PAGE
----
How Your Smartphone Addiction May Be Causing Physical Harm – Analysis


Global mobile phone evolution is beginning to have an important physical impact on the human body. Neck and hand physiology and technical devices such as smartphones become more available with differing and changing features. Regardless of how mobile phones change over time, it seems that the devices are creating musculoskeletal disorders from extensive smartphone use that are occurring at a more rapid rate.

Smartphone use is global, and there is a focus on “addictive” habits. Mobile phone user rate from 2016 to 2020 increased from 3.6 to 6.5 billion, almost one third of the world’s population, and has become one of the major global health challenges of the 21st century. Iran is the world’s 12th-highest smartphone user with over 52 million in 2021, a 25-fold increase on the two million users in 2013. Those numbers are continuing to grow as more mobile users come of age as early as 3 to 4 years old.

There are dramatic physical effects of cellphone use if one is “addicted” to them. Addiction is another problem where endless use of mobile phones is creating more physical damage to the neck, arms and hands, in some people, and many in the youth. The difference between a 60-year-old and a 25-year-old using a smartphone may be minimal when it comes to physical damage. Due to the high prevalence of neck and hand pain in smartphone users, evaluation of these variables and assessment of their correlation with the level of addiction should provide new information about the probable risk factors.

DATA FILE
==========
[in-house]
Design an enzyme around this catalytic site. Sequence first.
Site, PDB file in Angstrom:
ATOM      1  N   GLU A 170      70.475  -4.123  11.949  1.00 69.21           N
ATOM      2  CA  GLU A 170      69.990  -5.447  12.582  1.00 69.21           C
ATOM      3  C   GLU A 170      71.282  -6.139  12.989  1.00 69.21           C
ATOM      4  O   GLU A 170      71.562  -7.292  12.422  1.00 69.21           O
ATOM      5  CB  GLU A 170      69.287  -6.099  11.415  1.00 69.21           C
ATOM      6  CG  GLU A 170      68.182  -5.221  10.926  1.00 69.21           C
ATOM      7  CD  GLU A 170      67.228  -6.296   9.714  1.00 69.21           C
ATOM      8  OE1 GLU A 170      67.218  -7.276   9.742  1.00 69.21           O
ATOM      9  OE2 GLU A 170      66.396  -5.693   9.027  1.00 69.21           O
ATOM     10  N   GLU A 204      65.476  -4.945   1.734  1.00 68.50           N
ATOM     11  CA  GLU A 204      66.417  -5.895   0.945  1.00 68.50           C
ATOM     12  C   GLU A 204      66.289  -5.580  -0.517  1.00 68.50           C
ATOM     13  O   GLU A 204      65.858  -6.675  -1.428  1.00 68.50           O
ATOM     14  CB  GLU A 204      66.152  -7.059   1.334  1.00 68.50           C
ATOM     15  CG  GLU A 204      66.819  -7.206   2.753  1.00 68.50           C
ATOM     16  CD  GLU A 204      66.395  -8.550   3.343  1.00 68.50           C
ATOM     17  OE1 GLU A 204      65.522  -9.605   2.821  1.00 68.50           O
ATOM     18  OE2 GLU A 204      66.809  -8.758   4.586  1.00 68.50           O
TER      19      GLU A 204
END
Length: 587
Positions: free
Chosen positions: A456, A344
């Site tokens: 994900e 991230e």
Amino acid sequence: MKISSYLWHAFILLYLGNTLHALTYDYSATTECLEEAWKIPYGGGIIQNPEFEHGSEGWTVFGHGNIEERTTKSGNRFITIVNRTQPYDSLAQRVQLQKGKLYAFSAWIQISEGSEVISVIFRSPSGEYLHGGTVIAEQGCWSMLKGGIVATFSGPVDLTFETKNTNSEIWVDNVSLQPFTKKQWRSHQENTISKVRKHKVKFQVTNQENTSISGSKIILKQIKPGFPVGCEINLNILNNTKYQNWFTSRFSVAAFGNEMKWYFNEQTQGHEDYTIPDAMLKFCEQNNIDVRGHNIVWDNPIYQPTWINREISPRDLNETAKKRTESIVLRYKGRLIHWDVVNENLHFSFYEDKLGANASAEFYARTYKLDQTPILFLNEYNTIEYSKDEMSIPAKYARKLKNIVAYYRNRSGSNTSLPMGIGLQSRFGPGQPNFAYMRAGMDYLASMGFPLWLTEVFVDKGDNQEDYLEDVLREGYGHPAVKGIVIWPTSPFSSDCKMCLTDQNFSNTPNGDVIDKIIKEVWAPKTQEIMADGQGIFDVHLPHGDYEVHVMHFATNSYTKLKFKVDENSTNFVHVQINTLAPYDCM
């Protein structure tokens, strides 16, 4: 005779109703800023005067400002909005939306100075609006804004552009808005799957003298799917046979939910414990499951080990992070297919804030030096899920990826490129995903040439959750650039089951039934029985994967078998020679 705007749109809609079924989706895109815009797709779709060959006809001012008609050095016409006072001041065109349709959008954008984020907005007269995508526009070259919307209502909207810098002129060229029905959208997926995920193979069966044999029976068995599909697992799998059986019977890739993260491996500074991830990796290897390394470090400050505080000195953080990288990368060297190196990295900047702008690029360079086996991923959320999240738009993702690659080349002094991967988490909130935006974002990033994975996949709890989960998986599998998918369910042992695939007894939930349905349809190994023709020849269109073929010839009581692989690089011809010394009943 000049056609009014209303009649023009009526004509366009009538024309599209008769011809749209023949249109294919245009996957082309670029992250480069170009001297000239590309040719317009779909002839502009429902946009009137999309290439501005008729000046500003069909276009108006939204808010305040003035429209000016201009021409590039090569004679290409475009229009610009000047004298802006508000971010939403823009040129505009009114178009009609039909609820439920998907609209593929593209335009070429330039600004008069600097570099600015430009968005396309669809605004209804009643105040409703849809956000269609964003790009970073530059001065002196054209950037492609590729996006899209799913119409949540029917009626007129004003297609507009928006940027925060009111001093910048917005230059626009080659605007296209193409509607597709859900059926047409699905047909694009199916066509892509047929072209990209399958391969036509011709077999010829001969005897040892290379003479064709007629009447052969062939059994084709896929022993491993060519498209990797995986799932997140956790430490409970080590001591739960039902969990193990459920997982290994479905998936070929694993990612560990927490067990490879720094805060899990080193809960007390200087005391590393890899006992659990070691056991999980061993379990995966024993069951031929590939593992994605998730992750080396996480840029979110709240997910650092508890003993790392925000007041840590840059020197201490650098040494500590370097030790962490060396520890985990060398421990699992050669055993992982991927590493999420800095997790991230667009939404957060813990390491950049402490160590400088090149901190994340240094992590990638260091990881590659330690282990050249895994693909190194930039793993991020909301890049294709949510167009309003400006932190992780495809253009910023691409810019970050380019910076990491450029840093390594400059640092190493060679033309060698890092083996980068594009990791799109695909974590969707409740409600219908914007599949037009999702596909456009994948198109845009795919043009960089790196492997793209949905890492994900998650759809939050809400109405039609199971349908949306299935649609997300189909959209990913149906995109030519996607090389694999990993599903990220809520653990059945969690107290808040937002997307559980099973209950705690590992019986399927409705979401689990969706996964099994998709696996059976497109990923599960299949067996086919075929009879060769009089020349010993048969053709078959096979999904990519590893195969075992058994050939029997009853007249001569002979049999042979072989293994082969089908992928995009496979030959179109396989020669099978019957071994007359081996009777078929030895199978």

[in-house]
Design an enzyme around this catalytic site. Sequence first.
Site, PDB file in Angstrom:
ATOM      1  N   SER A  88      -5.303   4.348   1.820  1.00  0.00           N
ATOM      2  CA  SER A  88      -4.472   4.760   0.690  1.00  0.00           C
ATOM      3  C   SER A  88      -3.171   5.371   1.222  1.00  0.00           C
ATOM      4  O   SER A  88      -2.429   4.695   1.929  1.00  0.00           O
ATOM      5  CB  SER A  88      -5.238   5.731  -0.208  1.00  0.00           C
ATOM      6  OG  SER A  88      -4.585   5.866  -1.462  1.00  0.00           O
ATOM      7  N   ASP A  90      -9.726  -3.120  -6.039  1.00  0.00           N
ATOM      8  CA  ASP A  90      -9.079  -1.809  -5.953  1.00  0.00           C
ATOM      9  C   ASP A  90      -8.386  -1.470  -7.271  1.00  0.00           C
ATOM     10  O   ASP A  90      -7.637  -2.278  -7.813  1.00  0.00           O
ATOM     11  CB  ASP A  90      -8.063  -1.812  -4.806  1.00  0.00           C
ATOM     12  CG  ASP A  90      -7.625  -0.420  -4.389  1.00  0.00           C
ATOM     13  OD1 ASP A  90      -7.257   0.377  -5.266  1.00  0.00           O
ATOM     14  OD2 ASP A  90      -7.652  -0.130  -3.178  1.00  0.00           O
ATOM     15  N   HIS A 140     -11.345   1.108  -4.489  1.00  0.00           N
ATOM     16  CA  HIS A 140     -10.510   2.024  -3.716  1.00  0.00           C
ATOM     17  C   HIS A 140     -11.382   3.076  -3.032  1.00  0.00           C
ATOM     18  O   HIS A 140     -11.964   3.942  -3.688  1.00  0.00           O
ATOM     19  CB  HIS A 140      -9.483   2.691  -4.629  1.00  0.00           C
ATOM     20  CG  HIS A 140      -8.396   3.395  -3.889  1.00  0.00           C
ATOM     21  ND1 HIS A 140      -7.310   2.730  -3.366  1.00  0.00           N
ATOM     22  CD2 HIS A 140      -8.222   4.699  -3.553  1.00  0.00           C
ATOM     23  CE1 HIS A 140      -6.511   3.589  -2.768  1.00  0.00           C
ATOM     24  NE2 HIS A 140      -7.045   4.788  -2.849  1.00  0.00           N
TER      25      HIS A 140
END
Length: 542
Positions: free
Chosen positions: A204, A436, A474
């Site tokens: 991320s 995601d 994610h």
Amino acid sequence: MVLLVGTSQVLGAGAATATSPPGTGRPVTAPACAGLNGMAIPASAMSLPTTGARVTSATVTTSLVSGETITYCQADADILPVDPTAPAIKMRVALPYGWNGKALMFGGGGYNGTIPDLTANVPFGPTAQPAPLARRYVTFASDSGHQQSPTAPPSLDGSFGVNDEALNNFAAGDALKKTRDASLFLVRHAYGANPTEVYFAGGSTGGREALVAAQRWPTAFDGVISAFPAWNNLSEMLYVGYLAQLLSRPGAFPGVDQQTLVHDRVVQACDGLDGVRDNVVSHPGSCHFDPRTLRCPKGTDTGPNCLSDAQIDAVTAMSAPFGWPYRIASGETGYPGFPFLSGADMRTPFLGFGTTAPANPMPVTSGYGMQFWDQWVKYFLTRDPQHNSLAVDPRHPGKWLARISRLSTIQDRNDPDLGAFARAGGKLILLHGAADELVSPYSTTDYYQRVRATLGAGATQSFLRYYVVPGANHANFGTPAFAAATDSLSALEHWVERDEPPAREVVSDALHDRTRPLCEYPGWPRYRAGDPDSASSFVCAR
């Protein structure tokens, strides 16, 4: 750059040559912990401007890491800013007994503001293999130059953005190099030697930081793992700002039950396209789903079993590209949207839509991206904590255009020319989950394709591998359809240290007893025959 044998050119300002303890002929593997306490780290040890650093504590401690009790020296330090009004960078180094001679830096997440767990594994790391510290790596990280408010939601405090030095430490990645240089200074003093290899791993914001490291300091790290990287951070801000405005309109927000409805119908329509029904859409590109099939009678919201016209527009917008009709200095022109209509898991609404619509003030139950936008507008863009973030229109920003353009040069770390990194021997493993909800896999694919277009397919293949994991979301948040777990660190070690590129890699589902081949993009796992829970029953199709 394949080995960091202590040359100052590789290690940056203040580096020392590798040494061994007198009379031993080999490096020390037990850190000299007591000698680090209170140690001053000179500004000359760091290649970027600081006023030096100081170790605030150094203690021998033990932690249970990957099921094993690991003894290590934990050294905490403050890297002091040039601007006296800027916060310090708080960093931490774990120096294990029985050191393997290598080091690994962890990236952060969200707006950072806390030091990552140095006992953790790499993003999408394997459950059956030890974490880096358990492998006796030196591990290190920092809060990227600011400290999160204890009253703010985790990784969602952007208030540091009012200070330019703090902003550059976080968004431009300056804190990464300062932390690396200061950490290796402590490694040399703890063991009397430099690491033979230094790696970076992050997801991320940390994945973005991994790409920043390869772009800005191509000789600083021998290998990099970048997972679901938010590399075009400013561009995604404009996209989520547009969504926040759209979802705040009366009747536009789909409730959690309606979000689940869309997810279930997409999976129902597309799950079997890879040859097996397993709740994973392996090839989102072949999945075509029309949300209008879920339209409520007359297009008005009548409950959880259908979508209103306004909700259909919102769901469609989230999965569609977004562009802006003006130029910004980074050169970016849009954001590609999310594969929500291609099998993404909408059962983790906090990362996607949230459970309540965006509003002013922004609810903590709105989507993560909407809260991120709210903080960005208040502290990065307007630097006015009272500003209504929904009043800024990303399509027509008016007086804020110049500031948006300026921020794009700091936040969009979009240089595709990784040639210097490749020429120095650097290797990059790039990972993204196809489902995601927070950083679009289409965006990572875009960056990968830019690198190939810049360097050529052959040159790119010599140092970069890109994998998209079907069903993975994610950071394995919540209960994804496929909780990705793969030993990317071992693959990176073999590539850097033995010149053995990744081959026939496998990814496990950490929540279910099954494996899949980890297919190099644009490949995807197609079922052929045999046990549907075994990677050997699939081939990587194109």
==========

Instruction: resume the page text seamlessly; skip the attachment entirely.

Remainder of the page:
This phenomenon is present all over the world, and whether there is an addiction or not to cell phone use, the outcomes are basically the same around the world. A study from Malaysia showed the most common activities in which the participants reported discomfort when engaging with their smartphones were social network usage, followed by talking on the phone, web surfing, photography, email usage, and games, an interesting order of priorities in itself. Other studies from Iran and India showed much the same results.

Medical professionals are looking at frequent smartphone use in a pathological way that forces the user to adopt a compromised posture. This gradually results in changes to both the postural and musculoskeletal systems. A shortened version of the Smartphone Addiction Scale Questionnaires was used to help factor in analytical findings. Studies around the world – India, Malaysia, Hong Kong — show mostly the same results.

The COVID pandemic of the early 2020s was a major factor in growing reporting of a higher prevalence of musculoskeletal disorders, especially in the thumb and wrist. The prevalence of musculoskeletal pain such as stiff neck, brachial neuralgia, dorsal kyphotic posture, and head pain is now increasing among adolescents in public schools.

The impact of physical issues from using smartphones on youth is growing globally. Surveys in several different countries, again mostly in Southeast Asia and India, showed that about 94 percent of all participants who were university students were using computers and phones, and 44 percent of the respondents were using them every day for more than five years. About 60.7 percent always have neck pain and 39.3 percent sometimes have neck pain. All had grown up with mobile phone technology. These studies show that constant use of electronic devices such as mobile phones causes significant musculoskeletal problems, specifically in the head and neck region.